DISCLAIMER: Recently un-employed Mannequins write the Holy men of Kano – Sylva Nze Ifedigbo

When they came for the bottles of alcohol, we said nothing, because quaffing alcohol is not a luxury we indulge in.

Then they came for barbers accused of giving unholy haircuts we looked the other way because our hair is cast, like the rest of our body and cannot be cut or styled.

Now that they have come for us, there is nobody left to speak for us

Our crime is on two counts.

In the main, they said we were becoming too seductive for comfort for the sanctimoniously Holy men of Kano. To quote them verbatim, we are “responsible for immoral thoughts among some members of the public” and by members of the public, we suspect they mean ‘men’.

So, in other words, these guardians of the faith in Kano came to a sudden realisation that the HOLY men in Kano are so not in control of their sexual desires that they get aroused at the sight of mannequins.

Plastic mannequins!

We would have, ordinarily, been flattered by this assertion, I mean, think of it, that as lifeless as we are, plastic and rigid, unable to overcome our own inertia, we are considered so sexy as to arouse. But that would be turning logic on its head; hence we make bold our disclaimer.

Anyone who finds us sexual enough as to get aroused from sighting us standing in shops, boutiques or supermarkets to be used for the display of clothes is already a cesspool of immorality. You are no holy man, sir.

That a lifeless effigy has the capacity of filling your mind with immoral thoughts suggests that you really have no control over your mind in the first instance and that, in itself, is a psychiatric problem.

How anyone thinks that by banning our use, they will somehow move the needle on the cases of rape, sodomy, and the abuse of underage girls in the name of marriage (which in our view are the urgent issues), beats us.

To use religion as justification for massaging the sexually depraved egos of people who ought to be seeking counselling and psychiatric help is to do a huge disservice to both the religion and the people the said ban seeks to protect.

Our siblings in other climes, where the religion these guardians of the faith claim to be protecting took root, continue to serve their purpose in the advancement of commerce with attendant benefits for buyers, sellers and the government. They are there standing tall in boutiques and supermarkets all over the Arab world displaying designs which is what we are created to do.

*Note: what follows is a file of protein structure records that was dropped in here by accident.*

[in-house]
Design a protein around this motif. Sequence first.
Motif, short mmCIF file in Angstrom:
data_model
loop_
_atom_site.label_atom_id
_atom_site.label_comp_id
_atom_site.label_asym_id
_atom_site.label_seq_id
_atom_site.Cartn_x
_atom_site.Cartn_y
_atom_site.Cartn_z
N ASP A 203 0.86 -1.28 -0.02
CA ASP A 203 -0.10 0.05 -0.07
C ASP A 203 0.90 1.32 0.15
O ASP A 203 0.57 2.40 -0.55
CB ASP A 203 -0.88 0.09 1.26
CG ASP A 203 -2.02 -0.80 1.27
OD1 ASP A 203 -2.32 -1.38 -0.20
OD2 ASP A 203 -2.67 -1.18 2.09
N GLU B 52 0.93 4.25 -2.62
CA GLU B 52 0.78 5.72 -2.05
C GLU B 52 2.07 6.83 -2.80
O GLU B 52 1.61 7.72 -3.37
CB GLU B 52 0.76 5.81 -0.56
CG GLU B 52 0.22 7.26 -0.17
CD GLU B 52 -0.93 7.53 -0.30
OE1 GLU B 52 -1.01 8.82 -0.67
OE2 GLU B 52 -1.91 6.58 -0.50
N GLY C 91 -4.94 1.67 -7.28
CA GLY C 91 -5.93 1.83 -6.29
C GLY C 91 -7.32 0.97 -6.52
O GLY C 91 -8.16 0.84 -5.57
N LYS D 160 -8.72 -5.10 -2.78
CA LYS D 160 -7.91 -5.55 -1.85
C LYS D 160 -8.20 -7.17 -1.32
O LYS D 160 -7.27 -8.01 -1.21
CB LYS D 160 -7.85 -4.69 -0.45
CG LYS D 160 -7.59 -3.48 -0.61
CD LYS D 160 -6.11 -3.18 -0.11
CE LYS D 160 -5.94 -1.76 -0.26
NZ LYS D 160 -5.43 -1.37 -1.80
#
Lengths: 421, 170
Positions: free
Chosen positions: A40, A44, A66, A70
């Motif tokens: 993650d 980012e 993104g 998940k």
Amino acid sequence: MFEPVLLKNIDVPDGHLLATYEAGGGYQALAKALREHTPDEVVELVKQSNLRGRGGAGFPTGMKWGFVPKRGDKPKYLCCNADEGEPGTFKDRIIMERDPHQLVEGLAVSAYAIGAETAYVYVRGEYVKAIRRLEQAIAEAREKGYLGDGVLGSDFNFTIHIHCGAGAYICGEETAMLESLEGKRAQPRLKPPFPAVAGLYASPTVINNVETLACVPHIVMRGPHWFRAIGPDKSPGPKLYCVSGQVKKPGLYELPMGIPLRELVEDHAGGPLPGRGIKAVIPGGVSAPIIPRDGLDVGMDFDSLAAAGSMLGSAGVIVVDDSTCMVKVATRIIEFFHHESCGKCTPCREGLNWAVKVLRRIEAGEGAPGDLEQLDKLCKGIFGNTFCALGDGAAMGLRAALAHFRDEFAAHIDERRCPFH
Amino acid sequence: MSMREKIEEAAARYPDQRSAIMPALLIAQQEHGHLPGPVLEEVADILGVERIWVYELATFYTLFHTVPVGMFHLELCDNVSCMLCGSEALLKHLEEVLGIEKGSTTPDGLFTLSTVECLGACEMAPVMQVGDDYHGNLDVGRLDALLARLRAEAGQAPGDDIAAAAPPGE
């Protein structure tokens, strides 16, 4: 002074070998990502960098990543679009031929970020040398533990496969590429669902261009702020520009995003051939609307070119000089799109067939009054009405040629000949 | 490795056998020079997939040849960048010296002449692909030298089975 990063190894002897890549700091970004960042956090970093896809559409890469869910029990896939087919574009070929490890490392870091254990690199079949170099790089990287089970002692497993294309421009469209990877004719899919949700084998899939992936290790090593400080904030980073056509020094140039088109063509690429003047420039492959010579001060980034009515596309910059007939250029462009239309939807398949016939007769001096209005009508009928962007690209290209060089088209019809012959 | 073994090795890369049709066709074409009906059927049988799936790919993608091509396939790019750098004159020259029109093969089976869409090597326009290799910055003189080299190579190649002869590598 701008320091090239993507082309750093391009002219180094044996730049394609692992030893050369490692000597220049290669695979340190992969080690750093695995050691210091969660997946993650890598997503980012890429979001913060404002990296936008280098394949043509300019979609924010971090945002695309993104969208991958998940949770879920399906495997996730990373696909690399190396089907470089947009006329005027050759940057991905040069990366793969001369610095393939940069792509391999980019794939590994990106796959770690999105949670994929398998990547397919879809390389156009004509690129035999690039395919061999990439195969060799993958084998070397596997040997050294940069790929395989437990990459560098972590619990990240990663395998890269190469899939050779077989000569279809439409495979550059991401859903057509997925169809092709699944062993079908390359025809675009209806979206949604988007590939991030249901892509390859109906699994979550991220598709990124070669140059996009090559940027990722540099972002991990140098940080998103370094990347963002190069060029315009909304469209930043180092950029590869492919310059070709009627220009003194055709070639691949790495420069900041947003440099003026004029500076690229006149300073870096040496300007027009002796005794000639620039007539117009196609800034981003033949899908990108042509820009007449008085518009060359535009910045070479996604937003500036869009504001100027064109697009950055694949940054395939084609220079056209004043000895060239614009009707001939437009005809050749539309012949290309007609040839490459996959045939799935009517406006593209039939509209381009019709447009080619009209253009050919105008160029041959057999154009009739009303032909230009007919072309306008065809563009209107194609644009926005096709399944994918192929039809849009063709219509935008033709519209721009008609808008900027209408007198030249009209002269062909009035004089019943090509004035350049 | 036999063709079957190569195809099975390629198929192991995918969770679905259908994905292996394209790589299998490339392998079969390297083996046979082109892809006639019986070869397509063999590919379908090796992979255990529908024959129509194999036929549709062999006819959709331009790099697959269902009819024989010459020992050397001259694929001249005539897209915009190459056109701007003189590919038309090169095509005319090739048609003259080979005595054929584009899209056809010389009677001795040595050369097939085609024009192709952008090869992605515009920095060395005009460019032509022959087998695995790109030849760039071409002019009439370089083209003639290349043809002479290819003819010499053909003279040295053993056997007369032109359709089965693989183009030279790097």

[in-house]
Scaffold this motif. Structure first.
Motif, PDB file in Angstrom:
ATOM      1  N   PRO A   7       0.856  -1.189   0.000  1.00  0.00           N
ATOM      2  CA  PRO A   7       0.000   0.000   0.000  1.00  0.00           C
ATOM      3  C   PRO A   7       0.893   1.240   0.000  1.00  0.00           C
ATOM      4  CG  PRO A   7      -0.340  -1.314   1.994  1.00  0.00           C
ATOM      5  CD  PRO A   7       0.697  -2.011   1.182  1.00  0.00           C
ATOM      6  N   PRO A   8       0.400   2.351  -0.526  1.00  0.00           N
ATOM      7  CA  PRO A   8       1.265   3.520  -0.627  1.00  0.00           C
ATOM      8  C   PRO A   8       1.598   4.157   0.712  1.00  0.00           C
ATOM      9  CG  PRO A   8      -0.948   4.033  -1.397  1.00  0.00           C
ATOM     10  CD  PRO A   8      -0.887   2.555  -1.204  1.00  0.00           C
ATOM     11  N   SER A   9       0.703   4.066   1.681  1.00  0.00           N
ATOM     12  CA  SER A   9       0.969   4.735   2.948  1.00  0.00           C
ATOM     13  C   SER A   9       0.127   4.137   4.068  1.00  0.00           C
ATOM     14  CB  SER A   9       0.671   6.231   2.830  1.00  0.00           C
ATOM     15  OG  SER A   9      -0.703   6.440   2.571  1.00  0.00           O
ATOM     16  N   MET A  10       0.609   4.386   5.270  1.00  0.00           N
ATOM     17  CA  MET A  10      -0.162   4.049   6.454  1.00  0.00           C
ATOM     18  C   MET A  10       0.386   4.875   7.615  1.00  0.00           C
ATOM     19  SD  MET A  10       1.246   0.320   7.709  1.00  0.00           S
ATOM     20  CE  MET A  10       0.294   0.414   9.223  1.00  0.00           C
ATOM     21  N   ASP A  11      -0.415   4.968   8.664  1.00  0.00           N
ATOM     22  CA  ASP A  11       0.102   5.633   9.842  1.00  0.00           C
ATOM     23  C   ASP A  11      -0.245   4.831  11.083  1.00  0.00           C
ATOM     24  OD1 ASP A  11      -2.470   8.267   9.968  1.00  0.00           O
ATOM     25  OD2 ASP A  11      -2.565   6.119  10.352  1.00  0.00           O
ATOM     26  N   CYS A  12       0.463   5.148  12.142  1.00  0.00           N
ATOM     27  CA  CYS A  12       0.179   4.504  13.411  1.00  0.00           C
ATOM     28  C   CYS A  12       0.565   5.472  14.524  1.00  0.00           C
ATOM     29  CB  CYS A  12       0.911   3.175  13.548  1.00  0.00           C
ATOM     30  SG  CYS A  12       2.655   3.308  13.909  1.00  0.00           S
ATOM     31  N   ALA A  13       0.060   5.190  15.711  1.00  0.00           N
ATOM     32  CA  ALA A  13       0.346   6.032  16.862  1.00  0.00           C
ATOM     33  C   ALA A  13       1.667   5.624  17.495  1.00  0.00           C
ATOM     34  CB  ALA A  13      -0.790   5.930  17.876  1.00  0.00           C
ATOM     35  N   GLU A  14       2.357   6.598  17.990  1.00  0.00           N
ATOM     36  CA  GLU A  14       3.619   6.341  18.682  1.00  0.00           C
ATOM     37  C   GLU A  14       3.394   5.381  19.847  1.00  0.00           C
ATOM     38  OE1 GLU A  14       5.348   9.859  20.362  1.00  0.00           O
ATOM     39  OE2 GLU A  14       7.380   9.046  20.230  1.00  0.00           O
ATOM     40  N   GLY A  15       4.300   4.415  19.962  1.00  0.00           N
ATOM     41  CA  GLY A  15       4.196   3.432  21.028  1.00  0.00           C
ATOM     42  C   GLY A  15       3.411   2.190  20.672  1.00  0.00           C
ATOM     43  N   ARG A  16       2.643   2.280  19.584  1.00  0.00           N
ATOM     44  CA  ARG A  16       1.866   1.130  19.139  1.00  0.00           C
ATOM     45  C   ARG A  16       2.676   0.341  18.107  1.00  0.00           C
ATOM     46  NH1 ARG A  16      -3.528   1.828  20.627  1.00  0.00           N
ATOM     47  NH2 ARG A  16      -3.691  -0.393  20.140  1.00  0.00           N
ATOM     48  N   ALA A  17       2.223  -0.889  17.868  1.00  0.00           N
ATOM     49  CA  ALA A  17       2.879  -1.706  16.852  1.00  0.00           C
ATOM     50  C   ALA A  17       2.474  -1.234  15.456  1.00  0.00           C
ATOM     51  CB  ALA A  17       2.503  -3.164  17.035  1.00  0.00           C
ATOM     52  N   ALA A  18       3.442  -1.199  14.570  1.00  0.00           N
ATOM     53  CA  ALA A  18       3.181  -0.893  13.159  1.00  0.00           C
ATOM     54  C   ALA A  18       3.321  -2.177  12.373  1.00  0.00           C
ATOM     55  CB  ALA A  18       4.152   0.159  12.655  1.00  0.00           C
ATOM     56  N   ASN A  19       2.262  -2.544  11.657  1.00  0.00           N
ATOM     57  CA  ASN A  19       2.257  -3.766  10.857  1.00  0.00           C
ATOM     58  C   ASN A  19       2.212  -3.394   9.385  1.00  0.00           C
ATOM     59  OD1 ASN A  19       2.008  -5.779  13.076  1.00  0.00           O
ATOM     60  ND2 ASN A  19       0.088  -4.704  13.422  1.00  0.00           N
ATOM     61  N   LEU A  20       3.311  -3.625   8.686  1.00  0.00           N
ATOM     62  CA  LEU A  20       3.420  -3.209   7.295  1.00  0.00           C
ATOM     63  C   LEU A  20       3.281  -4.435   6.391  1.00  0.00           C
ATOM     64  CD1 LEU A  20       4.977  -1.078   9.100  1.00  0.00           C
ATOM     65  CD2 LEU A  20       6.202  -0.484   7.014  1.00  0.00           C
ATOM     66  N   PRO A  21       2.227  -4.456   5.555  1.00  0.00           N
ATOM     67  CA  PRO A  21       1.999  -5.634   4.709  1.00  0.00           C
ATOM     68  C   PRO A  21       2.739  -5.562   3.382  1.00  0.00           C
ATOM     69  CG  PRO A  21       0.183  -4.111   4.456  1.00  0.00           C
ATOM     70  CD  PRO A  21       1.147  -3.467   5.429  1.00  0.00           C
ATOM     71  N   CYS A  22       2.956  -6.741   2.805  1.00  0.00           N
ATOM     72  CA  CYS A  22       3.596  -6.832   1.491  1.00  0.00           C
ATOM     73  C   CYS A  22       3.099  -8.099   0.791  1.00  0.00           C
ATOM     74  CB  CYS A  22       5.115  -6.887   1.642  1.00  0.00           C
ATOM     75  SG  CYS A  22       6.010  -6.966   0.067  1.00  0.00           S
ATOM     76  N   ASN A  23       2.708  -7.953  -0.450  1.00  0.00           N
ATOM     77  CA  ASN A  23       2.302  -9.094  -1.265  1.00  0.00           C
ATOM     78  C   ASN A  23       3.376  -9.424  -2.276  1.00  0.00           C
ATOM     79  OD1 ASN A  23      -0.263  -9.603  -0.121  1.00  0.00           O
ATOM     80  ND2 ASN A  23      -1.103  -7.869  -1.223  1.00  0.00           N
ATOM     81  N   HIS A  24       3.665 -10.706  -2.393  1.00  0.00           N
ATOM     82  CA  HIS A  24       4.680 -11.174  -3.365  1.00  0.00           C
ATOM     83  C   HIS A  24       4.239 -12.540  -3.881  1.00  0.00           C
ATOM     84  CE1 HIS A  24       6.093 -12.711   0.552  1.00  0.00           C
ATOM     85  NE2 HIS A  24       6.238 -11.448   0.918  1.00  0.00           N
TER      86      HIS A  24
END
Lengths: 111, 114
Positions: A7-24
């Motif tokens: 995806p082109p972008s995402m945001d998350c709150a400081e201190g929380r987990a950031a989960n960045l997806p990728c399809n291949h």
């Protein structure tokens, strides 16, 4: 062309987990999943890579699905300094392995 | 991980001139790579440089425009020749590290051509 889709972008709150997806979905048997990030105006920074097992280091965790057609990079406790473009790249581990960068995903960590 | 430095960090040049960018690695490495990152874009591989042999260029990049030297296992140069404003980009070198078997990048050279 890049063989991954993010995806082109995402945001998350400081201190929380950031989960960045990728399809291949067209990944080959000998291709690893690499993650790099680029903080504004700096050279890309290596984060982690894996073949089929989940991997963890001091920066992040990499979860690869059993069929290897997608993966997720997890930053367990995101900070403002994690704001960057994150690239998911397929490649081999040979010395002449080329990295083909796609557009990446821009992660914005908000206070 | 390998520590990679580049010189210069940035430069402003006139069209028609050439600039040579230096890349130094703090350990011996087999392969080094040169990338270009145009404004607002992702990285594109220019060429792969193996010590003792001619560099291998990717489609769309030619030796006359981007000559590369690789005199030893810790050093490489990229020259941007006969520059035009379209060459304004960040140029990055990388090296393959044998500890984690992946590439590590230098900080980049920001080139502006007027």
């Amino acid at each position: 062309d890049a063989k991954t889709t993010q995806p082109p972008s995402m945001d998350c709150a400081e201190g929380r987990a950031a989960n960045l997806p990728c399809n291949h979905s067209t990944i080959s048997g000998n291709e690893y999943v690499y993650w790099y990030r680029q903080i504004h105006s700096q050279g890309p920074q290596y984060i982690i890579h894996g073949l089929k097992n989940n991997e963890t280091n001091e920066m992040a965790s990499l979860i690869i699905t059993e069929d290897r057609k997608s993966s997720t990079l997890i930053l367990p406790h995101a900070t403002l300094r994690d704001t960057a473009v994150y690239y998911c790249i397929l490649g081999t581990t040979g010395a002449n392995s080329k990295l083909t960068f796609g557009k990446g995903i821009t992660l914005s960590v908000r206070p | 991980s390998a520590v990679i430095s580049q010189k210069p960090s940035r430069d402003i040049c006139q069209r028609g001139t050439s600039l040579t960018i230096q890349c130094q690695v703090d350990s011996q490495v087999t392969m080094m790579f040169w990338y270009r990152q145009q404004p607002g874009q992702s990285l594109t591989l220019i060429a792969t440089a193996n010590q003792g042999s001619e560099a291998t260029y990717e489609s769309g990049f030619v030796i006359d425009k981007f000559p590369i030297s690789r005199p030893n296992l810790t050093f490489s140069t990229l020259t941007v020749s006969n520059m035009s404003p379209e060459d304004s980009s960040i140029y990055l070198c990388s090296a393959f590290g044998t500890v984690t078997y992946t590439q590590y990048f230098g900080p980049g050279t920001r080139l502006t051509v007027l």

But these fellows back home with an uncanny penchant for below ground level zero reasoning, on the other hand, seem quite in a hurry to transition the great city of Kano from a modern commercial and cosmopolitan city to a soulless, drab, atavistic and Talibanisque territory with progress in the reverse gear.

This worries us.

The second charge against us is about promoting idolatry in the state. We suspect that this was thrown in to fill up the space. More like, if this one doesn’t stick, this other one will. To be sincere, if the first charge, made us chuckle, this one left us rather confused. Idolatry? How? Just so we were sure we were not getting things mixed up, we sought the help of an English dictionary. The meaning confirmed our befuddlement. Worship of Idols? Pray tell, since when did the people of Kano begin to worship mannequins?

Look, we know we look good and all with those nice wears displayed on us and that some of you admire and even take selfies with us for the gram, but we didn’t realise that the admiration had graduated to worship in Kano. How come no one has been pouring libations and sprinkling the blood of fattened animals at our feet? Is that not how we worship idols in these parts or is our own case different?

Enough with the joking!

Seriously now, if we were to agree without conceding that there are actually people in Kano who worship us even without us preaching or canvasing for such, does that not say something about the people and should the guardians of faith not be channelling the fat allocations they get from government into some more productive effort rather than threatening innocent mannequins and their owners?

We’ve come to the conclusion that these guardians of the faith must have a weird sense of humour. The problem, however,  is that this dark joke of theirs has made them a laughing stock, reduced the people of Kano to the butt of jokes on social media and more concerning for us, rendered so many of us unemployed as though the human unemployment situation was not alarming enough already. 

So, even though we’ve been found guilty and sentenced without any opportunity to give our side of the story, we (for whatever it is worth) make bold to state that on both counts, we plead not guilty.

 And as these guardians of faith move on, seeking for the next thing to ban or getting set to confiscate and incinerate us, we wish to remind them of the title of Ahmadou Kourouma’s celebrated novel; Allah Is Not Obliged.

Sylva Nze Ifedigbo is the author of Believers And Hustlers expected from Parresia Publishers in 2021

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